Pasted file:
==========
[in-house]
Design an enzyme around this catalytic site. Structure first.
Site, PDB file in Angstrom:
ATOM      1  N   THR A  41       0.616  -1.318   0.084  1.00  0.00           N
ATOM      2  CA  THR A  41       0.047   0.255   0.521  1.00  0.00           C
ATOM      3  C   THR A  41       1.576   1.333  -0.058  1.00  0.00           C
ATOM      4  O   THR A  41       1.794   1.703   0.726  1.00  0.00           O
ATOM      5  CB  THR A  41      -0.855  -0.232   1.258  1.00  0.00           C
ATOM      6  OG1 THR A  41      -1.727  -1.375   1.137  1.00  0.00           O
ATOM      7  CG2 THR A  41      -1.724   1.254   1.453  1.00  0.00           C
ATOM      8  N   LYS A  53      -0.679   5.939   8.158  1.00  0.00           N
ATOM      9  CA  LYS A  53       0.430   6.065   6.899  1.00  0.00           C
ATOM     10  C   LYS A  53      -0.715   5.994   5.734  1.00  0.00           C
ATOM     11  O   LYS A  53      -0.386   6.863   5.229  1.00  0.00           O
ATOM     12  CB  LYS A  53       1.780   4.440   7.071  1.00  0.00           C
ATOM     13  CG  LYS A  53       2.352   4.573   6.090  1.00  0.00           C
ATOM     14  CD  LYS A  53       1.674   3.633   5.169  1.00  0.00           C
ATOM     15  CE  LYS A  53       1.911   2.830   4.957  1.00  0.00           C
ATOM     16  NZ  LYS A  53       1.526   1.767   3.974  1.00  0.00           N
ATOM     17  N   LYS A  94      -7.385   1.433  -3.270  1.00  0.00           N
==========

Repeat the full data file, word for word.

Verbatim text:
[in-house]
Design an enzyme around this catalytic site. Structure first.
Site, PDB file in Angstrom:
ATOM      1  N   THR A  41       0.616  -1.318   0.084  1.00  0.00           N
ATOM      2  CA  THR A  41       0.047   0.255   0.521  1.00  0.00           C
ATOM      3  C   THR A  41       1.576   1.333  -0.058  1.00  0.00           C
ATOM      4  O   THR A  41       1.794   1.703   0.726  1.00  0.00           O
ATOM      5  CB  THR A  41      -0.855  -0.232   1.258  1.00  0.00           C
ATOM      6  OG1 THR A  41      -1.727  -1.375   1.137  1.00  0.00           O
ATOM      7  CG2 THR A  41      -1.724   1.254   1.453  1.00  0.00           C
ATOM      8  N   LYS A  53      -0.679   5.939   8.158  1.00  0.00           N
ATOM      9  CA  LYS A  53       0.430   6.065   6.899  1.00  0.00           C
ATOM     10  C   LYS A  53      -0.715   5.994   5.734  1.00  0.00           C
ATOM     11  O   LYS A  53      -0.386   6.863   5.229  1.00  0.00           O
ATOM     12  CB  LYS A  53       1.780   4.440   7.071  1.00  0.00           C
ATOM     13  CG  LYS A  53       2.352   4.573   6.090  1.00  0.00           C
ATOM     14  CD  LYS A  53       1.674   3.633   5.169  1.00  0.00           C
ATOM     15  CE  LYS A  53       1.911   2.830   4.957  1.00  0.00           C
ATOM     16  NZ  LYS A  53       1.526   1.767   3.974  1.00  0.00           N
ATOM     17  N   LYS A  94      -7.385   1.433  -3.270  1.00  0.00           N